Japan expands coronavirus emergency after record spikes amid Olympics
Japan expanded a coronavirus state of emergency to four more areas in addition to Tokyo on Friday following record spikes in infections as the capital hosts the Olympics.
Prime Minister Yoshihide Suga declared an emergency in Saitama, Kanagawa and Chiba, near Tokyo, as well as in the western city of Osaka, effective Monday until Aug. 31. Emergency measures already in place in Tokyo and the southern island of Okinawa will be extended until the end of August, after the Olympics and well into the Paralympics which start Aug. 24.
Five other areas, including Hokkaido, Kyoto, Hyogo and Fukuoka, will be placed under less-stringent emergency restrictions.
Tokyo has reported a record increase in cases for three days in a row, including 3,865 on Thursday, before logging another 3,300 on Friday. The cases have doubled since last week, although officials say the surge is unrelated to the Olympics.
Officials said 2,995 are hospitalized, about half the current capacity of 6,000 beds, with some hospitals already full. More than 10,000 others are isolating at home or in designated hotels, with nearly 5,600 waiting at home while health centers decide where they will be treated. Tokyo is also setting up a facility for those requiring oxygen while waiting for hospital beds.
The Delta variant is more formidable than previously believed, due to its ability to infect and be spread by people who are vaccinated, a CDC document says.
“Infections are expanding in the Tokyo and western metropolitan areas at an enormous speed that we have never experienced before,” Suga said as he declared the expansion of the state of emergency. If the spike continues at the current pace with the spread of the more contagious Delta variant, Japan’s medical system could collapse, he said.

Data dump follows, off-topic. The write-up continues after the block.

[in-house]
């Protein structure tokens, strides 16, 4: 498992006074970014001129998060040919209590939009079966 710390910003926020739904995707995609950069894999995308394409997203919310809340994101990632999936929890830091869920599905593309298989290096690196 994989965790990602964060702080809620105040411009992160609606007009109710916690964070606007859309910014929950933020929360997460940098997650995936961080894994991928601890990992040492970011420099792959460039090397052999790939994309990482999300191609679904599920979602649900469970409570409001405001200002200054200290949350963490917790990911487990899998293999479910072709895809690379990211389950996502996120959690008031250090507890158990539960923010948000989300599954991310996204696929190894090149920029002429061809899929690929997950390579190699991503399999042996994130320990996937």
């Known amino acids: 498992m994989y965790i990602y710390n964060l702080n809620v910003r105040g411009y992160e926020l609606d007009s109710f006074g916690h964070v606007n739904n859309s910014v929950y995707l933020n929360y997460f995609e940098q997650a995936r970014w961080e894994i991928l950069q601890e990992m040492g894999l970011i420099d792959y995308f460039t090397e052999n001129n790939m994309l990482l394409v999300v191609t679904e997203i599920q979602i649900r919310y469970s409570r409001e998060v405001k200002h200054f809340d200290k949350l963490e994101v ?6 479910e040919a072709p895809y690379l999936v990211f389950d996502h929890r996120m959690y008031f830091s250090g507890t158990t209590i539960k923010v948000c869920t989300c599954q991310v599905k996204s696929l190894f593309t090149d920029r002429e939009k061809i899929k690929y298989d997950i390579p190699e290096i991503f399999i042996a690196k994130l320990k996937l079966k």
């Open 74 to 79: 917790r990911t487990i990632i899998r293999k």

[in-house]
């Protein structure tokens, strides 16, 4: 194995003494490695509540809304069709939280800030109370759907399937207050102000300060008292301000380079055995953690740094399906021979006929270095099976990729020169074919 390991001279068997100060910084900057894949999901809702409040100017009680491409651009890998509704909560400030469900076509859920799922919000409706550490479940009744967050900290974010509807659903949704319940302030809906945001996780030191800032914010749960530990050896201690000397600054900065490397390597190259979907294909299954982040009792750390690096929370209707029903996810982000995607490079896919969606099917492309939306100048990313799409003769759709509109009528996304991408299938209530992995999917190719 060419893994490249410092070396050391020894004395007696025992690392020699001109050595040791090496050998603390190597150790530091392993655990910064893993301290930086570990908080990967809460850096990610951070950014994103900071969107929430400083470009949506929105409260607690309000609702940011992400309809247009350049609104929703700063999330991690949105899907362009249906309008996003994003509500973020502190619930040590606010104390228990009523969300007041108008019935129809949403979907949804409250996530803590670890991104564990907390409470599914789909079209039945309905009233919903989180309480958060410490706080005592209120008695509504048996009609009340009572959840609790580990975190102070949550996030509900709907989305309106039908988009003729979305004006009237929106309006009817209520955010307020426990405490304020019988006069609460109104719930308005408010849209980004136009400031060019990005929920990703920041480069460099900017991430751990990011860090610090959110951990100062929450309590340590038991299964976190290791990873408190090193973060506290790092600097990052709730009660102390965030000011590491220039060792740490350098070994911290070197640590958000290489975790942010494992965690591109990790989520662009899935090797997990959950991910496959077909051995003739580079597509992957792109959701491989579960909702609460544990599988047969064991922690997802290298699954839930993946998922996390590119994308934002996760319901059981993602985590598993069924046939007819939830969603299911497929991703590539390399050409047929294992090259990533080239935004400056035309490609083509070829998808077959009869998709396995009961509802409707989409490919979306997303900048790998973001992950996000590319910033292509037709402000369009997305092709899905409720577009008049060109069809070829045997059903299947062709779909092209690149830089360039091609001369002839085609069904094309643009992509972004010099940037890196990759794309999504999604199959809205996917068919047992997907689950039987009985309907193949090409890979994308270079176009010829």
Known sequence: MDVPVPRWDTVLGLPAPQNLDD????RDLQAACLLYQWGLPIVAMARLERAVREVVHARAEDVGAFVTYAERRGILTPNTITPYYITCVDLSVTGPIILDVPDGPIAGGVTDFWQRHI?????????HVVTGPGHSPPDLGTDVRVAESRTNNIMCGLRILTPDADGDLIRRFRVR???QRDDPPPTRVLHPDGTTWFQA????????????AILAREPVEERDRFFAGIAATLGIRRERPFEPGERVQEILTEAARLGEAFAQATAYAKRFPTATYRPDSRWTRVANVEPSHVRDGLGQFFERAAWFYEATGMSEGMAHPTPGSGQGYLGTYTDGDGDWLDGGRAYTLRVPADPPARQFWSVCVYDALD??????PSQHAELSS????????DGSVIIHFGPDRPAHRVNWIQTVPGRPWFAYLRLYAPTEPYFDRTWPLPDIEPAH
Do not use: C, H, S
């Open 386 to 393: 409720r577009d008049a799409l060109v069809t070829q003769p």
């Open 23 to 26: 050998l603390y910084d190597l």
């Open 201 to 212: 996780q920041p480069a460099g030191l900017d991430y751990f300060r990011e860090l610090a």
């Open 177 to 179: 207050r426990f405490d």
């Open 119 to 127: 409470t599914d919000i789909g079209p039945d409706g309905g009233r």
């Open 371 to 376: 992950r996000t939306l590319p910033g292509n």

Nationwide, Japan reported 10,687 cases Thursday, exceeding 10,000 for the first time. It has recorded 15,166 fatalities from COVID-19, including 2,288 in Tokyo, since the pandemic began.
Japan has kept its cases and deaths lower than many other countries, but its seven-day rolling average is growing and now stands at 28 per 100,000 people nationwide and 88 per 100,000 in Tokyo, according to the Health Ministry. This compares to 18.5 in the United States, 48 in Britain and 2.8 in India, according to data from Johns Hopkins University.
The emergency measures focus on an alcohol ban at eateries and karaoke bars and their shortened hours, but have become less effective because people are only requested to remain and work at home. Many have been defying the measures as they become tired of restrictive life.
Suga said his key strategy will be largely unchanged — to target dining. He said subsidies will be paid faster to business owners who cooperate, and local authorities will patrol “to increase the effectiveness of the measures.”
Earlier Friday, Tokyo Gov. Yuriko Koike, noting that adults in their 30s or younger dominate recent cases, reminded them to follow basic anti-virus measures including mask-wearing and avoiding having parties, urging them to “share the sense of crisis.”
As of Thursday, 27% of the Japanese population has been fully vaccinated. The percentage of the elderly who are fully vaccinated is 71.5%.
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